SciNet and Graduate Education

By partnering with other departments in the University, an increasing number of SciNet’s training courses have been converted into graduate courses at the University of Toronto. Our current partners include UofT’s Departments of Physics, Astrophysics, Chemistry, and Ecology and Evolutionary Biology and the Institute for Medical Sciences, but the courses also draw students from other faculties such as Engineering.

Indicative of the success of these “partnered” courses, the full term physics graduate course “Scientific Computing for Physicists” has had a consistent enrollment of around 40 in the last three Winter terms since its creation in 2016, and attracted students from many different departments such as physics, astrophysics, engineering and math. The modular course Data Analysis with R, given in partnership with IMS and EEB, which started in the Fall of 2016, had over 100 registered students, a success which prompted the creation of a full term IMS course, “Introduction to Clinical BioStatistics”. This course has a large data science component and has had no problems filling up the enrollment cap of 80 students. SciNet analysts also deliver a graduate course “Quantitative Applications for Data Analysis” in partnership with the Biological Sciences group at University of Toronto Scarborough. Furthermore, since 2017, SciNet analysts also guest-lecture in the 4th year Physics undergraduate Research Project course.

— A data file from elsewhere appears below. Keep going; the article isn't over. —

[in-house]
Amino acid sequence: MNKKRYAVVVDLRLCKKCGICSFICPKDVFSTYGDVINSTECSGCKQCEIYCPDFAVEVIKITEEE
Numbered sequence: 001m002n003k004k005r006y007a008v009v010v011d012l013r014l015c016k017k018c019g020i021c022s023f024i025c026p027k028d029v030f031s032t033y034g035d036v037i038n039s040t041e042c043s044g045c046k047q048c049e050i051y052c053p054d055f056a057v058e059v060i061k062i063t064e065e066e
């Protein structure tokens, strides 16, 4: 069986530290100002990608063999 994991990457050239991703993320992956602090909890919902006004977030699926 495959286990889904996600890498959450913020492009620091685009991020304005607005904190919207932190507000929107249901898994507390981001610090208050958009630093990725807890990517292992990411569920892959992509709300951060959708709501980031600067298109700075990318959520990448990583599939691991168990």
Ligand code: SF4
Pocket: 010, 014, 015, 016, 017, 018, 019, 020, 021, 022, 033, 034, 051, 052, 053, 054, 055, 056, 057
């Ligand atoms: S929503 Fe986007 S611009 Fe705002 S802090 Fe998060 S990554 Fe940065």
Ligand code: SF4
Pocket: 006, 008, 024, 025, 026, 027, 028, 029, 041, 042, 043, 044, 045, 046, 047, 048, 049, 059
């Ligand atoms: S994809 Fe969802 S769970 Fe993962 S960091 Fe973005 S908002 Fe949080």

Below are the links to the webpages of latest versions of these courses, which include lecture notes and recordings.

PHY1610H Scientific Computing for Physicists

This course is aimed at reducing the struggle in getting started with computational projects, and make you a more efficient computational scientist. Topics include well-established best practices for developing software as it applies to scientific computations, common numerical techniques and packages, and aspects of high performance computing.

This course has been offered in the academic years 2015-2016, 2016-2017, 2017-2018, and 2018-2019, and has been taken by 140 students.

From 2011 to 2015, this content was provided as modular courses within PHY2109YH and AST 3100H. These modular courses were taken by about 60 students.

EES1137H Quantitative Applications for Data Analysis

The goal of this course is to prepare graduate students to perform scientific data analysis. Students will learn how to use statistical inference tools to gain insight into large and small data sets, as well as be exposed to cutting-edge techniques and best practices to store, manage and analyze (large) data. Techniques utilizing Python and R statistical language will be discussed and introduced, as well as the basics of programming and scientific computing.

This course is taught at the Scarborough campus of the University of Toronto and has been offered in the academic years 2016-2017, 2017-2018, and 2018-2019. It has been taken by 72 students.

MSC1090H Intro to Computational BioStatistics with R

In this course data analysis techniques utilizing the R statistical language, will be discussed and introduced, as well as the basics of programming and scientific computing. The goal of this course is to prepare graduate students to perform scientific data analysis. Successful students will learn how to use statistical inference tools to gain insight into large and small data sets, as well as be exposed to cutting-edge techniques and best practises to store, manage and analyze (large) data.

This course has been offered in the academic year 2016-2017 (twice) and 2018-2019. It has been taken by 183 students.

Before that, a precursor of this course existed as the “Intro to Data Analysis with R” module within “MSC1010Y Seminars in Translational Research”, and was taken by 66 students.

Guest lectures for